Pompey focuses on doing the best for athletes
LOIS ELFMAN | 6/11/2020, midnight
Now should be a joyful time of the year for track and field athletes and their coaches. Collegiate student-athletes would be marking the end of outdoor season and hopefully gearing up for the NCAA Championships. Those with Olympic aspirations would be readying for qualifying meets. Instead there is the isolation of sheltering in place and the pain and anguish of racism.
Four-time Olympic sprinter Aliann Pompey, sprints and hurdles coach at St. John’s University, has been in regular contact with Red Storm student-athletes and working to sustain their motivation for an eventual return to campus. The track and field athletes and three other St. John’s programs recently received Division I Public Recognition Awards from the NCAA for outstanding academic achievement.
Heightened racial unrest hit the student-athletes quite hard, and Pompey has worked with them to process what is going on. “I started out having one-on-one [conversations] and realized how deep it went. We decided as a staff to address it as a whole and talk to them, let them know where we as the leadership on the team stand, offer support and offer them the opportunity to communicate and be heard,” said Pompey.
Pompey, who had to cancel her annual track meet in Georgetown, Guyana, due to the coronavirus, also understands the frustrations of athletes that were anticipating competing in the 2020 Olympic Games (which have been postponed until 2021). “You have the people that were looking at Tokyo 2020 in 2020…as sort of their last hurrah,” said Pompey, who ended her track career following the 2012 Olympics. “They invested their time, resources and energy into this last go-around. For some of them, Tokyo 2021 isn’t a possibility.”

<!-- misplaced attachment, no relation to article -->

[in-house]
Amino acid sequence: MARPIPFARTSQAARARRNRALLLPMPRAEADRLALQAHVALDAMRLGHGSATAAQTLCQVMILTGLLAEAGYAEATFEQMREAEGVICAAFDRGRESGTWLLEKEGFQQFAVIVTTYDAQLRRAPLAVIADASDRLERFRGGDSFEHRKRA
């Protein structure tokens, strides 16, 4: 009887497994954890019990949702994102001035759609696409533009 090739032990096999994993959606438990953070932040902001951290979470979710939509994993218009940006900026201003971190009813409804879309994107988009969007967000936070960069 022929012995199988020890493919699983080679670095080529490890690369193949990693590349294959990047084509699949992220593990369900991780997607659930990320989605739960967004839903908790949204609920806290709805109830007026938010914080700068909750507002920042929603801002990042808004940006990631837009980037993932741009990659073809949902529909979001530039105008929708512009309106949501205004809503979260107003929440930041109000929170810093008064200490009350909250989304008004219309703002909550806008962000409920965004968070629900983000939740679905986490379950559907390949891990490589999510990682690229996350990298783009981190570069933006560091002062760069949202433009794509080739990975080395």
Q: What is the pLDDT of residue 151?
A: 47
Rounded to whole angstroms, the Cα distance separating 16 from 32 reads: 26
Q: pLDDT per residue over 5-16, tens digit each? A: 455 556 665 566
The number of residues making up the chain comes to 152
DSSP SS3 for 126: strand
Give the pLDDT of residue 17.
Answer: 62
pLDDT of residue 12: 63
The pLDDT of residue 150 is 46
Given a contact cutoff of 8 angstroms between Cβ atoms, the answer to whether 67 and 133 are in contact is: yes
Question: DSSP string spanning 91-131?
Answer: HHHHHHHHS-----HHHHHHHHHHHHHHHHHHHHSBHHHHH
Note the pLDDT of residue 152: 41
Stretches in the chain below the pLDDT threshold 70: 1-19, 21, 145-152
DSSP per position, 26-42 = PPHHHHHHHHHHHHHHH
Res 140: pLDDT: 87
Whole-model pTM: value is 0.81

Others have processed their disappointment and are finding creative ways to train, which they are sharing with fellow athletes. International federations have started laying out plans for qualifying and are trying to find ways to get people into competition shape. “This is not a small interruption,” said Pompey. “I tell people, ‘I prepared four years for the Olympics.’ It cuts really deep.”
Pompey was recently acknowledged for her athletic career when she was named to the Times Union’s list of the greatest athletes to come out of the Capital Region Area of the State of New York. She attended high school in Albany and her father still lives there. This honor was quite meaningful to her.
As of last year, Pompey is president of the Panam Sports Athletes’ Commission. “We were really as a commission very proactive with the athletes,” she said. “We took stock of what everyone was feeling early in the pandemic. We liaised with the IOC (International Olympic Committee) and let them know the athletes’ feedback…so they can figure out…how we can support them in this time.”